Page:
This past Spring, State Commissioner of Education MaryEllen Elia raised the quality ratings of almost half of New York State’s previously identified failing and persistently failing public schools. That sounds like good news, but it’s not.
Of 145 ‘struggling’ or ‘persistently struggling’ schools in New York State, 70 were assigned higher and more acceptable quality designations. Of those 70 schools, most made shockingly minimal progress. Of the elementary and middle schools taken off the persistently struggling list, the average English/Language Arts (ELA) proficiency rate went from 7% students proficient in 2014 to just 9% proficient in 2015. A number of re-designated schools made zero progress in raising student proficiency or high school graduation rates. Some actually saw declines on these outcomes.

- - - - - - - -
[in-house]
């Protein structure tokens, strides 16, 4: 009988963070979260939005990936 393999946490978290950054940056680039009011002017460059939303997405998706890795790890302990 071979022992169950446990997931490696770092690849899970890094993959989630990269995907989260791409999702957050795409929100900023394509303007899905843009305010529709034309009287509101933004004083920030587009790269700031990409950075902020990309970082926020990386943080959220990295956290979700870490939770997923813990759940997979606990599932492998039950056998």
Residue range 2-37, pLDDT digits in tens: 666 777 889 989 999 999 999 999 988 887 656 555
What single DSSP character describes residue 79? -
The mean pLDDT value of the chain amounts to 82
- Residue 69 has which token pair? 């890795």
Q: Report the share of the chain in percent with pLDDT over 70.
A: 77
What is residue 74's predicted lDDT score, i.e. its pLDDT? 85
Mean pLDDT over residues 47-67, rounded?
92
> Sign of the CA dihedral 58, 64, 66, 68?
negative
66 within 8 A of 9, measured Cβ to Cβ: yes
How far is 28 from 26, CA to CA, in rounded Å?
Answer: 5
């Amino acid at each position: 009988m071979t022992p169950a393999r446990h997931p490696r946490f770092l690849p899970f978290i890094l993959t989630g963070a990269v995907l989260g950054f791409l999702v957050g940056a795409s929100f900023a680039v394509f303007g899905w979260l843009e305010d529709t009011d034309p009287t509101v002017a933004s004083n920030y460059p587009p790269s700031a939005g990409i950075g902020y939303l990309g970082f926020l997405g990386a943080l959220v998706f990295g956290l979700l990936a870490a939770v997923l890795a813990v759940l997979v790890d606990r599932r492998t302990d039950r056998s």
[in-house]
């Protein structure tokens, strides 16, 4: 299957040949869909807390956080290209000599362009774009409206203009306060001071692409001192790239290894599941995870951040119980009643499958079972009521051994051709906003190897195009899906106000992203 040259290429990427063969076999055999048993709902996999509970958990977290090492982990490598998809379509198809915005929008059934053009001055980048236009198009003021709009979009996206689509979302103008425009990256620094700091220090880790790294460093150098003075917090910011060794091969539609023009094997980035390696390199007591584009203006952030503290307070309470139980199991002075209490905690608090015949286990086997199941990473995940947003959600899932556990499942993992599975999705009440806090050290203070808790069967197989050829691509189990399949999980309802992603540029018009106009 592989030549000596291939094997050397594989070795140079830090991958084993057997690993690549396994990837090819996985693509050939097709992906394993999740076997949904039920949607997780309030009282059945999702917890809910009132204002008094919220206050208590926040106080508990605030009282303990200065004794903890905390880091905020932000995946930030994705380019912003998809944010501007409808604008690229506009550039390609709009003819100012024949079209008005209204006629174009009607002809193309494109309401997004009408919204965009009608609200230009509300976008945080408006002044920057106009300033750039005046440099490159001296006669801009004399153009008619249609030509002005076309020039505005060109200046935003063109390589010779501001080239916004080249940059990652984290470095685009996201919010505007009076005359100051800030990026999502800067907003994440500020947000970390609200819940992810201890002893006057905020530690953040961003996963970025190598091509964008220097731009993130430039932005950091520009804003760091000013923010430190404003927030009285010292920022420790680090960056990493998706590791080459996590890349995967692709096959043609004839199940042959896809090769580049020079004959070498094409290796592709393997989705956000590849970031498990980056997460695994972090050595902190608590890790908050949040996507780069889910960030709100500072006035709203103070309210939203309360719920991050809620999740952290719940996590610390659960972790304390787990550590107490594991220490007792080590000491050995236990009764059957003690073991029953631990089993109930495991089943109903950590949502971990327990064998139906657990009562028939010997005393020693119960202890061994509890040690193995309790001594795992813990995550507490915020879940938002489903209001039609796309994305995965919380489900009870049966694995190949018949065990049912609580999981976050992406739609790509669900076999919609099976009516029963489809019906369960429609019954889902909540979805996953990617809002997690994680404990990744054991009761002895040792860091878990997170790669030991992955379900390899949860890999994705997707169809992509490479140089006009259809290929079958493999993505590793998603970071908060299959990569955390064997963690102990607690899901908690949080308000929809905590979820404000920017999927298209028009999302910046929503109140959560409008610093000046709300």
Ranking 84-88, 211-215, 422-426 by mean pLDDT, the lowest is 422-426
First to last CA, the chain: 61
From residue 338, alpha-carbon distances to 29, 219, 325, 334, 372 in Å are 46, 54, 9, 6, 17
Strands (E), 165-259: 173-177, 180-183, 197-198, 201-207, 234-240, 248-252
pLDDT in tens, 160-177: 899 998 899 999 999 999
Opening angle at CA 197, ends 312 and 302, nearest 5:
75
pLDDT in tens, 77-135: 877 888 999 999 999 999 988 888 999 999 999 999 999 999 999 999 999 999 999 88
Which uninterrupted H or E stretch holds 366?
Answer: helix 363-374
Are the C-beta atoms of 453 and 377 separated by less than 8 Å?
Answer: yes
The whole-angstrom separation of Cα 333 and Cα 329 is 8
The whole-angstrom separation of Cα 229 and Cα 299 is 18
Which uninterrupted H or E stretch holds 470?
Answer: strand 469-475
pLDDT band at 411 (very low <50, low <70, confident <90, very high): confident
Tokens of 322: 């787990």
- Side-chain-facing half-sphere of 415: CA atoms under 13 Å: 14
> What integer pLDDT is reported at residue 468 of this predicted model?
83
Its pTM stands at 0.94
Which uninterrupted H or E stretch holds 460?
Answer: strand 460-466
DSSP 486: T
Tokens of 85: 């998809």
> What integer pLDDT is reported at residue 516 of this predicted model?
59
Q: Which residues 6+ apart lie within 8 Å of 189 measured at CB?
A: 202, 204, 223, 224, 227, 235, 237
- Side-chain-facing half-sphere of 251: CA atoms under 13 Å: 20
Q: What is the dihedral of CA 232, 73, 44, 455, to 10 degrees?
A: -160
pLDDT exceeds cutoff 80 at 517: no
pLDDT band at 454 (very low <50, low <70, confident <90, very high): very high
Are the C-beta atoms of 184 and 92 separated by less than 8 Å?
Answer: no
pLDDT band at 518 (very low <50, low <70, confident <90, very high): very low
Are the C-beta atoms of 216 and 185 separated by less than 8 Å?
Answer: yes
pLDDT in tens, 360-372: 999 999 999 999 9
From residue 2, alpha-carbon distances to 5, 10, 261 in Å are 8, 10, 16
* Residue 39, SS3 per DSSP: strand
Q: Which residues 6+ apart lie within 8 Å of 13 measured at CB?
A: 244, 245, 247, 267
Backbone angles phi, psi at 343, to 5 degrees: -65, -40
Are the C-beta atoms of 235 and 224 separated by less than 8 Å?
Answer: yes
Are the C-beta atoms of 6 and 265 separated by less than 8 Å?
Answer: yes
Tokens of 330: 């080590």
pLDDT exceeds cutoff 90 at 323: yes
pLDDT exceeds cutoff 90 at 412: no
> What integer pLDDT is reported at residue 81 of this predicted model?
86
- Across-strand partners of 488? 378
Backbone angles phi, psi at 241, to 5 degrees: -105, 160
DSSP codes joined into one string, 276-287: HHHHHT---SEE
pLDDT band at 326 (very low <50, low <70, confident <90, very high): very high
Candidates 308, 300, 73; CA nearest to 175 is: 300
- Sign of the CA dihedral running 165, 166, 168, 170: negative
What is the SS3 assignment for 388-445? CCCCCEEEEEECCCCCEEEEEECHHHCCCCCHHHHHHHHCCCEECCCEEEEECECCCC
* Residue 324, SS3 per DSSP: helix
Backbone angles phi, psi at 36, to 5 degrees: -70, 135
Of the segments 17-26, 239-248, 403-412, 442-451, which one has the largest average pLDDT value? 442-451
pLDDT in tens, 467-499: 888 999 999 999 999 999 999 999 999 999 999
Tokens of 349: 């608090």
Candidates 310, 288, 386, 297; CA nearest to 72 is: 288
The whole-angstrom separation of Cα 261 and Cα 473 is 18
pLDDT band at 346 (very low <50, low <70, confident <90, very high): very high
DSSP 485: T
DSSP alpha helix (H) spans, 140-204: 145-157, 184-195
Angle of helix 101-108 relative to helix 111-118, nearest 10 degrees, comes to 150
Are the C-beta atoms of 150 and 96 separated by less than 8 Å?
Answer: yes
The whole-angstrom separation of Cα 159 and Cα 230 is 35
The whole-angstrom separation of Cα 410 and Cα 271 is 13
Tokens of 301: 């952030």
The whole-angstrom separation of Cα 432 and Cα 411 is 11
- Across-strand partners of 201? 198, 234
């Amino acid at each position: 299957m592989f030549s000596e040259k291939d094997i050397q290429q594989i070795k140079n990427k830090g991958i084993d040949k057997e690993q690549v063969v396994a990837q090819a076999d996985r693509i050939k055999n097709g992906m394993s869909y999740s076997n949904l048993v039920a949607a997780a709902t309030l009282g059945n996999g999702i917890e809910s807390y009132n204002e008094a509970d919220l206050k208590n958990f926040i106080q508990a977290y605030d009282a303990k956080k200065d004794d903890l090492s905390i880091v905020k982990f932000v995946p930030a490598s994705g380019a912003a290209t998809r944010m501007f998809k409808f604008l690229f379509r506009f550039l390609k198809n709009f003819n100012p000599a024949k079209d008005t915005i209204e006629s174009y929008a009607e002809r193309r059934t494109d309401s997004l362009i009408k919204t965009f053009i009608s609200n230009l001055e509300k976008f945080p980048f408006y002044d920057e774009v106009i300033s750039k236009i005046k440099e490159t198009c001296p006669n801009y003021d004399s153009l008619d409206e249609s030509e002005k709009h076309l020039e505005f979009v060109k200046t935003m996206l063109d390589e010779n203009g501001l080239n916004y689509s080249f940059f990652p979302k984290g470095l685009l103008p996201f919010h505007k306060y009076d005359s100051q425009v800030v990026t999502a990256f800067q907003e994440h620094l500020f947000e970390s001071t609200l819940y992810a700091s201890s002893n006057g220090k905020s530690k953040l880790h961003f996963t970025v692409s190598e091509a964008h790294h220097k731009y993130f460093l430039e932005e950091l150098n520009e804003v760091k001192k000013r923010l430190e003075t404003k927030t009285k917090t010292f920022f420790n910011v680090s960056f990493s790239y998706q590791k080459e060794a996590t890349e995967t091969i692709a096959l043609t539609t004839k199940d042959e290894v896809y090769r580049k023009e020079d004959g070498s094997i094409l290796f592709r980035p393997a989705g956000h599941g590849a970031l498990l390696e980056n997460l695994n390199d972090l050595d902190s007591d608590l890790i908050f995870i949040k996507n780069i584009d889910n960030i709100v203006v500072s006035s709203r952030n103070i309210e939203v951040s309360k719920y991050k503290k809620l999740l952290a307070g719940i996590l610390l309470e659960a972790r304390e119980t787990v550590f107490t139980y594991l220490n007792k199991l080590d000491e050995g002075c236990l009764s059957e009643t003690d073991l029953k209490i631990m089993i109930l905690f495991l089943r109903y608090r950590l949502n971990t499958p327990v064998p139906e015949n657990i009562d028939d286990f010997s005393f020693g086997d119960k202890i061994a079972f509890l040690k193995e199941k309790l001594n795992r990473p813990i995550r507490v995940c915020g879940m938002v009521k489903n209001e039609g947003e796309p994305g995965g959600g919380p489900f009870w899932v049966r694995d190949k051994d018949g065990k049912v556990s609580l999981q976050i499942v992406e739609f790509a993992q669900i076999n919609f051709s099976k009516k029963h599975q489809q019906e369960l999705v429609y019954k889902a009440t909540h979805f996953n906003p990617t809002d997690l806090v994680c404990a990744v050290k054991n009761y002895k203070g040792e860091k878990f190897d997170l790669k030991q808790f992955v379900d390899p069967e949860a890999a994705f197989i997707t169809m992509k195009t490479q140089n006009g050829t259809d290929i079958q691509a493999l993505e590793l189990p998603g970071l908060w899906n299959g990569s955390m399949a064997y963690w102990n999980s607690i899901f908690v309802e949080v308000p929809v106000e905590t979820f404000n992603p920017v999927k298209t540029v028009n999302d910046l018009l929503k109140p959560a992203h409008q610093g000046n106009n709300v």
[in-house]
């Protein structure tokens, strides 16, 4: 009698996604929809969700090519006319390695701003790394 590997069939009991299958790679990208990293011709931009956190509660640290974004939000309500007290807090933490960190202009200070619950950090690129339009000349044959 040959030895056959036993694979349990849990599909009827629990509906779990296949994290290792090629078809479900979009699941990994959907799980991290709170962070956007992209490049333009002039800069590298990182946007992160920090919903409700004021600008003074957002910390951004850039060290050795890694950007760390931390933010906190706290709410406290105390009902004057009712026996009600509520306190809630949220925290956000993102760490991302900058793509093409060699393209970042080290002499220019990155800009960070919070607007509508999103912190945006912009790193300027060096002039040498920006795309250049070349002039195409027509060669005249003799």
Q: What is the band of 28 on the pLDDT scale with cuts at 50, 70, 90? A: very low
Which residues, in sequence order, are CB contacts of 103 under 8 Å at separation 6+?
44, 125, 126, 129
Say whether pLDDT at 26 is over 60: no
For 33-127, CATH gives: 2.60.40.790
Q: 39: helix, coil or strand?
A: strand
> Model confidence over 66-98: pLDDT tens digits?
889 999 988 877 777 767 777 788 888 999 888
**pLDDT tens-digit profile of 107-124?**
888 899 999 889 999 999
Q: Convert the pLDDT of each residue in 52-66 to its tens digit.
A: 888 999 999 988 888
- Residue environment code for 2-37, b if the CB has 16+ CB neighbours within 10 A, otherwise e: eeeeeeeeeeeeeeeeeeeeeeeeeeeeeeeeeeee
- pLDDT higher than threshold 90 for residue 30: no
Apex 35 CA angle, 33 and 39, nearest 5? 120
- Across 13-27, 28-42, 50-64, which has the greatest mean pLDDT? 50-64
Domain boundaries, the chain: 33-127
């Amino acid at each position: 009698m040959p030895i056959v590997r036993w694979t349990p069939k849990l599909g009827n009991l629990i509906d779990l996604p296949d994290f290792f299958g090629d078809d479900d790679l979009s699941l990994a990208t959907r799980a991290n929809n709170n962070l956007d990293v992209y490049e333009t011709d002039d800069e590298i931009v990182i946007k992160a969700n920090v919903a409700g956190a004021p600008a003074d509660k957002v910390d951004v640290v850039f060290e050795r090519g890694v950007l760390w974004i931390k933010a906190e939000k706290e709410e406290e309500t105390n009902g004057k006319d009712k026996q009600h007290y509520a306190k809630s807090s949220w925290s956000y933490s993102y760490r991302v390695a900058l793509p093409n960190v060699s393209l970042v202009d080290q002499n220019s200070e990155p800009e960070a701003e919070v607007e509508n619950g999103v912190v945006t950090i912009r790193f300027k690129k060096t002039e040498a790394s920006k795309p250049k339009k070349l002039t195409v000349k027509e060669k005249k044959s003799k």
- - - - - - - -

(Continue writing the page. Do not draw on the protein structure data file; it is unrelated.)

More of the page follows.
The significance of New York State and Commissioner Elia’s questionable re-rating of failing and persistently failing schools is not one simply of truth in advertising. State school quality designations typically drive targeted funding linked to commensurately intensive interventions designed to boost student academic proficiency, raise high school graduation rates, and narrow achievement gaps.
We understand the political pressures the State Department of Education is under to remove “failing” or “struggling” designations from schools. But if New York State continues the practice of limiting policy options for students stuck in abysmally performing schools, the state is almost certain to continue its slump in student academic progress of the past few years. And children, disproportionately low-income and minority children, will suffer the consequences.